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This Hannukah eve seems like as good a time as any to talk about my rather unusual email address: hannukahLinda... I mean, it's unusual for an Anglican. Hannukah is not, after all, on the liturgical calendar.

It started out as a fun nick-name that some of the students in Hebrew School called me. We sang Ladino a song entitled Ocho kandelikas and the very first line is Hannukah Linda esta aqui..., and so for a few weeks I became Hannukah Linda. Then an adult friend started joking around with it. And, I even called myself that a few times.

It was later, along about Tu B'Shevat I'd say, that I thought about the significance of Hannukh and saw it's realavance to me.

You all know the Hannukah story of Roman oppression, the resistance, desecration, and returning. If you don't, Google it. It's a grand story and I couldn't do it justice here on the blog.

But there's another story that only I can tell: my own. It's tale of oppression, resistance and failure, desecration and redemption. Like the real story of Hannukah there are some battles, and there's some blood, and some times when it looked as if all was lost.


And what does God give me? A tiny little dab of Hannukah oil.

See, here's the thing, it's hard to celebrate Sukkas in a foreign land. The Hebrews were having a hard time of it. You can't shake the lulav in a state of oppression, after all. They'd been in exile, treated like animals. Sukkot -- the days of our joy -- was not a present reality. But, the Hebrews remembered, and they longed for the sweetness of the etrog, the rustle of the palm and myrtle.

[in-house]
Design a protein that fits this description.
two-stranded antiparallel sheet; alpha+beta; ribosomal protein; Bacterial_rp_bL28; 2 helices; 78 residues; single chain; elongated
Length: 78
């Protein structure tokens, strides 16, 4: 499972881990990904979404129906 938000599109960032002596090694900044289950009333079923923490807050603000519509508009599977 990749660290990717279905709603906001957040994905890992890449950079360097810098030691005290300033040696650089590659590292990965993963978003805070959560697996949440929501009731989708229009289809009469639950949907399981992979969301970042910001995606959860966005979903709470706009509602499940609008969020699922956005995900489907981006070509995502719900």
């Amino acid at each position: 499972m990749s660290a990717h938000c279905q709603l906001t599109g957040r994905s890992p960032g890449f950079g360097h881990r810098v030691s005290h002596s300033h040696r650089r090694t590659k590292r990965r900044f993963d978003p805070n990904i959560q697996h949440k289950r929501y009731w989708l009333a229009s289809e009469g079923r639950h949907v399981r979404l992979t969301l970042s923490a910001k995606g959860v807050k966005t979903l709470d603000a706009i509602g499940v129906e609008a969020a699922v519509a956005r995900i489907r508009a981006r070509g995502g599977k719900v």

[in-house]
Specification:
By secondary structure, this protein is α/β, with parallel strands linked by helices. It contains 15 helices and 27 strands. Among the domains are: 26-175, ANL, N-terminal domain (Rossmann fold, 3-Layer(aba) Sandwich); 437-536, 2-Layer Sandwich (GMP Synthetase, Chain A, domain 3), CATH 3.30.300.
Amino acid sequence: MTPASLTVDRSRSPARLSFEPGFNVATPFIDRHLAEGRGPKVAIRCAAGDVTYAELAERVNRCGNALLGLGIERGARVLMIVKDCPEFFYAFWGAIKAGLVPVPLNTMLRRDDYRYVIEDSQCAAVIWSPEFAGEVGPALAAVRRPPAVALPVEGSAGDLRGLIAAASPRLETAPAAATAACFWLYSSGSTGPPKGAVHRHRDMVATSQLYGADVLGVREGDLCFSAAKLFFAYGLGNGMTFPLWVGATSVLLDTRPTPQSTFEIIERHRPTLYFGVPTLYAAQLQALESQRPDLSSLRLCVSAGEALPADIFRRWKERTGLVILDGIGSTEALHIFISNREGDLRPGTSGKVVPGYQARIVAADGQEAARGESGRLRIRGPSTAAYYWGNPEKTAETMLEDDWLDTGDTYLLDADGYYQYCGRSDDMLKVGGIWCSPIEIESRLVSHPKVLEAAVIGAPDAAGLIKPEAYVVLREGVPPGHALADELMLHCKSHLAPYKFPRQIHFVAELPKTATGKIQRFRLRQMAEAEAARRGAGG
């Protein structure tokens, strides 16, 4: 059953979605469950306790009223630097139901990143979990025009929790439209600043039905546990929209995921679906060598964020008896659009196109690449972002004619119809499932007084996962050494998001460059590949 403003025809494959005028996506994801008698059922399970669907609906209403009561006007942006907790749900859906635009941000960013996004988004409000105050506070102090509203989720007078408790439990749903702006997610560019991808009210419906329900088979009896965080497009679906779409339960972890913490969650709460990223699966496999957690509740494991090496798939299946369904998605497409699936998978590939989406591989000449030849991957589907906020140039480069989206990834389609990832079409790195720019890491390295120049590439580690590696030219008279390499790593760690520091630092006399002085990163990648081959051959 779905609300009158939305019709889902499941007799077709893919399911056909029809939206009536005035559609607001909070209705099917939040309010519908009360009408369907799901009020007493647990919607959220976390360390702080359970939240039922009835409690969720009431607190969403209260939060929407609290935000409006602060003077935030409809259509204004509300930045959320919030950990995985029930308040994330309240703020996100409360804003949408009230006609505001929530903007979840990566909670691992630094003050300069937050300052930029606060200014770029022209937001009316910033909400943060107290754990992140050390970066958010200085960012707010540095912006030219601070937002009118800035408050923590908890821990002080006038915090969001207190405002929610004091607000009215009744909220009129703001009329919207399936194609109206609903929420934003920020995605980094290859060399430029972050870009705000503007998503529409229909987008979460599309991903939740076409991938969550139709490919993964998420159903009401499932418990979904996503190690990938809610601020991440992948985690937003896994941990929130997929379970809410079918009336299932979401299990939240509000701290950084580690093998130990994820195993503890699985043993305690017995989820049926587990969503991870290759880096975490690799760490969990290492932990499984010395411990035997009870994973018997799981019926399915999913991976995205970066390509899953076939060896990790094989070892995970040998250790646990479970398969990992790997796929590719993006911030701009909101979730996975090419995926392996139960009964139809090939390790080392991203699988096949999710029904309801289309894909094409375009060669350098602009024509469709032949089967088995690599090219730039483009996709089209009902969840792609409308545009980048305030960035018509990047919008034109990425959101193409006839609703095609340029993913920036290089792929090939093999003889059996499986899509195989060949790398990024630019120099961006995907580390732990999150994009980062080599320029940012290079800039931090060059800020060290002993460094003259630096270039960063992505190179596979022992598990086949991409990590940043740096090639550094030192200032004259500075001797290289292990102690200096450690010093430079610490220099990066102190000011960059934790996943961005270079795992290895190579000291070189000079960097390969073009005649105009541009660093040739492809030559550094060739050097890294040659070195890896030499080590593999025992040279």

And what did God give them? A dab of oil.

For re-dedicating the temple, cleansing it and making it ready, God gave them one little dab of oil. Hardly enough.

But there was something in the Hebrews who re-took the temple, something in me too, and I am guessing in all of us. It's a little voice that says, "Light it anyway... see what happens."

For me, I've had some things to reclaim, some cleansing to do in my own life. But, every time I light the oil I have, no matter how small, it's enough. Dayenu!

The oil that God had tucked away in the temple burned for eight days, same number as Sukkot. Dayenu!.

Hannukah is not one of the major festivals. It's not all that spiritual. But, for me, it means that God has given me everything I need to cleanse the temple, to get myself ready for a new regime. Hannukah means that the days of my oppression are over and that Sukkot -- the days of my joy -- have been restored!

Hannukah makes new, and ready. In some ways, it's the perfect way to observe Advent. Hannukah is proof that even my own desecrated life can be restored.

The first words of the Hanerot Halalu, said while lighting the Hannukah candles are:

We light these lights
For the miracles and the wonders,

For the redemption and the battles...

So for my own battles, the miracles and the wonders I've seen, for the redemption and cleansing I've experienced, all I can say is Nes Gadol Hayah Sham, a great miracle happened here.

So, now that you know why I love Hannukah: